“The top 1 percent now gets almost a  quarter of the nation’s total income — a larger share than at any time  since the 1920s. The top 1 percent have also received about 40 percent  of the benefits of the Bush tax cuts.” — Robert Reich
“Average income went from that $30,941  in 1980 to $31,244 in 2008. Think about that: the average income of  Americans increased just $303 dollars in 28 years. That’s wage repression.” — Bill Moyers

Related:
Ten years ago, Bush said “Tax relief will create new jobs, tax relief will generate new wealth…”  It didn’t.
Where are the jobs? U.S. corporations are hoarding cash, giving themselves massive paychecks  They are not going to create jobs (here) with extra money.
It’s not like they’re creating jobs…
Middle America since 1979: doing more work for less money, even as corporate profits rise
Spending CUTS do not create jobs
Teaparty Republicans’ budget plan: income redistribution by austerity measures

    Republicans don’t really want shared sacrifice if “shared” includes rich people

    Holy Fuck. This is Sparta. Wow.

    At best, Republicans say they’re willing to look at new Dem-proposed revenue sources…but only if they can give that money right back to stakeholders in the form of additional tax cuts.

    […] So rigid are Republicans on this score that Senate Democrats plan to force a symbolic vote Thursday, asking whether wealthier Americans should have to contribute to deficit reduction at all, in any way.

    […] “Millionaires can contribute to deficit reduction by spending part of their millions,” said Sen. John McCain (R-AZ)

    […] “Create jobs, hire more people that pay more taxes, grow the economy, stay in America, don’t leave, hire people — that’s how millionaires can help, is create more workers, and if you raise taxes you’re gonna make it harder to keep the job you got,” explained Sen. Lindsey Graham (R-SC).

    Ha ha! McCain and Graham have adorable ideas and plans! Because millionaires have used their massive earnings and extra income from tax cuts since 1980 to do just that, haven’t they? SO MANY JOBS. And all these spending cuts the Republicans want will certainly create so many more jobs, won’t they? America will be drowning in jobs if Republicans get their way!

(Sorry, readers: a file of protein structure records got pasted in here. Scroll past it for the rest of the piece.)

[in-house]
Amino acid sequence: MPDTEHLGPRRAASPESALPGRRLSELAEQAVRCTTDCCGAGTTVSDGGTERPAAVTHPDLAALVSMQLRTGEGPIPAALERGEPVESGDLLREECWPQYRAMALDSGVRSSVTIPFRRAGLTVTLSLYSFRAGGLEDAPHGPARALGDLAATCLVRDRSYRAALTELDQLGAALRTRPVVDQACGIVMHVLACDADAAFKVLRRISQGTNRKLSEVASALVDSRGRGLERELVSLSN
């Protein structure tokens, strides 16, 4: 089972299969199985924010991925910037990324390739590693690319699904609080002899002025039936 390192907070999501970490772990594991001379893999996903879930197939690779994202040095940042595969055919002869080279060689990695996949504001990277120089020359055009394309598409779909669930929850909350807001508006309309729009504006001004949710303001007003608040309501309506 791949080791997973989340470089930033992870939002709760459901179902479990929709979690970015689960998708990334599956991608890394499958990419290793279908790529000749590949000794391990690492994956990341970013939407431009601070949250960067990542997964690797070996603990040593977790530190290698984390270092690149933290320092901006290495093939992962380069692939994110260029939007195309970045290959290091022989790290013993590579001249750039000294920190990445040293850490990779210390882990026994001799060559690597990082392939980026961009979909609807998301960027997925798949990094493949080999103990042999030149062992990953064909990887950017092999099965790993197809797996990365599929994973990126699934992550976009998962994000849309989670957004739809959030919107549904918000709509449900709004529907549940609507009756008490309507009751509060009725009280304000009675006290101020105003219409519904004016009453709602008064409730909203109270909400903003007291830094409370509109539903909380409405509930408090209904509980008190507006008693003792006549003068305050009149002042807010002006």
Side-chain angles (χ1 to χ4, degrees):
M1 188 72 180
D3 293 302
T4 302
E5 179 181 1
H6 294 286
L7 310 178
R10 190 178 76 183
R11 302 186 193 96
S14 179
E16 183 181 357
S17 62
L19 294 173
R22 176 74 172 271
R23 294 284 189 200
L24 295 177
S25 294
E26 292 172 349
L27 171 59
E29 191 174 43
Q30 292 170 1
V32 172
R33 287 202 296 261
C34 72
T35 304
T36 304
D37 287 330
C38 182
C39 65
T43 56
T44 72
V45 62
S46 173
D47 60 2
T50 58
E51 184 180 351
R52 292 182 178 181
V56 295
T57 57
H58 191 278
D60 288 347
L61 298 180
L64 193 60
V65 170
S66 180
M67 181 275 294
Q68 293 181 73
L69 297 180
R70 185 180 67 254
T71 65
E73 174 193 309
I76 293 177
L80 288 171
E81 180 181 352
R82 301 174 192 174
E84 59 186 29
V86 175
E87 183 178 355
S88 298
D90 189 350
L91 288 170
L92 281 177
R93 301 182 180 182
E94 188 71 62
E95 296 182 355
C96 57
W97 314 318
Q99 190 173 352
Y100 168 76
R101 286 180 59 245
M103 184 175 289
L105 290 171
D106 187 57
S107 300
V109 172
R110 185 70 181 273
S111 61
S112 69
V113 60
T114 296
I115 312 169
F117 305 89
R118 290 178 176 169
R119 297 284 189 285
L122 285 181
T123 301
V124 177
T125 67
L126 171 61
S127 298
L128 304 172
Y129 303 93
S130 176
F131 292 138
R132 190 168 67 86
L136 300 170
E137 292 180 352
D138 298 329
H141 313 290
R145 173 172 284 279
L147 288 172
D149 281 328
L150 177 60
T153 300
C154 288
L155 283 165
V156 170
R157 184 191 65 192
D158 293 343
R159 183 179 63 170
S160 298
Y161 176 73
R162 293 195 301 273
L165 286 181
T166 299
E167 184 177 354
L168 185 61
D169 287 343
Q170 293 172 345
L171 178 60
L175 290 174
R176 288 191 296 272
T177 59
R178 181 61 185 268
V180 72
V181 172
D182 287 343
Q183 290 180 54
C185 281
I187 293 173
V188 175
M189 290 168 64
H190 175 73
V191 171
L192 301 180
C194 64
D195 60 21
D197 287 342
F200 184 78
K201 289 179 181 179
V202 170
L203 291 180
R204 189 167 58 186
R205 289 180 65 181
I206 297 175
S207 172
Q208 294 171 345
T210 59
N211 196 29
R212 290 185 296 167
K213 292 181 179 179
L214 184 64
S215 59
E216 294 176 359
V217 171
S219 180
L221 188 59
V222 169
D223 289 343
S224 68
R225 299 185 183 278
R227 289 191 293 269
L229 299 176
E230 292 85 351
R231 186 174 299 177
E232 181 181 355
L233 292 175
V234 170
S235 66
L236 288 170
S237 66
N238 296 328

[…] Mitch McConnell (R-KY) was unable to identify a single specific concession he’d ask of wealthy people. “Everybody’s going to have to contribute to it in one way or another,” he said. “We have a debt as big as our economy. We look a lot like Greece already. And it’s going to have to have broad impact on every aspect of our society in order to get this problem under control.”

    I hope those teabaggers who are riding around on their government-paid electric scooters are really listening to what their chosen leaders are saying and are aware of these facts:

    “The top 1 percent now gets almost a quarter of the nation’s total income — a larger share than at any time since the 1920s. The top 1 percent have also received about 40 percent of the benefits of the Bush tax cuts.” — Robert Reich

    “Average income went from that $30,941 in 1980 to $31,244 in 2008. Think about that: the average income of Americans increased just $303 dollars in 28 years. That’s wage repression.” — Bill Moyers

    Related:

    — 3 years ago with 6 notes
    #news  #politics  #class war  #economy  #income redistribution  #war on the middle class  #additional tax cuts  #austerity measures  #Bush tax cuts  #expire the tax cuts  #GOP  #job creation  #John McCain  #lindsay graham  #Medicaid  #Medicare  #Mitch McConnell  #Republicans  #social security  #spending cuts  #tax cuts for the wealthy  #tax revenue  #tea party  #unemployment  #wage repression 
    image: socialistexan
Growth of U.S. family incomes vs. the top 5% and why the wealthy deserve even more
The wealthy have found a goldmine with Reagan and Bush’s  ‘trickle up’ economics (and anti-union attitudes). And in the last decade, when they’ve paid the  lowest tax rate EVER, they’ve created so many jobs here in the U.S. So. Many. Jobs.
It only makes sense to redistribute more of our tax revenue into more  tax cuts for the wealthy. They deserve to keep getting more. After all they’re smarter and work harder than the rest of us, according to Bill O’Reilly:

“…you gotta look people in the eye and  tell ‘em they’re irresponsible and lazy… Because that’s what poverty  is, ladies and gentlemen. In this country, you can succeed if you get  educated and work hard. Period. Period.”

    image: socialistexan

    Growth of U.S. family incomes vs. the top 5% and why the wealthy deserve even more

    The wealthy have found a goldmine with Reagan and Bush’s ‘trickle up’ economics (and anti-union attitudes). And in the last decade, when they’ve paid the lowest tax rate EVER, they’ve created so many jobs here in the U.S. So. Many. Jobs.

    It only makes sense to redistribute more of our tax revenue into more tax cuts for the wealthy. They deserve to keep getting more. After all they’re smarter and work harder than the rest of us, according to Bill O’Reilly:

    “…you gotta look people in the eye and tell ‘em they’re irresponsible and lazy… Because that’s what poverty is, ladies and gentlemen. In this country, you can succeed if you get educated and work hard. Period. Period.”

    — 3 years ago with 7 notes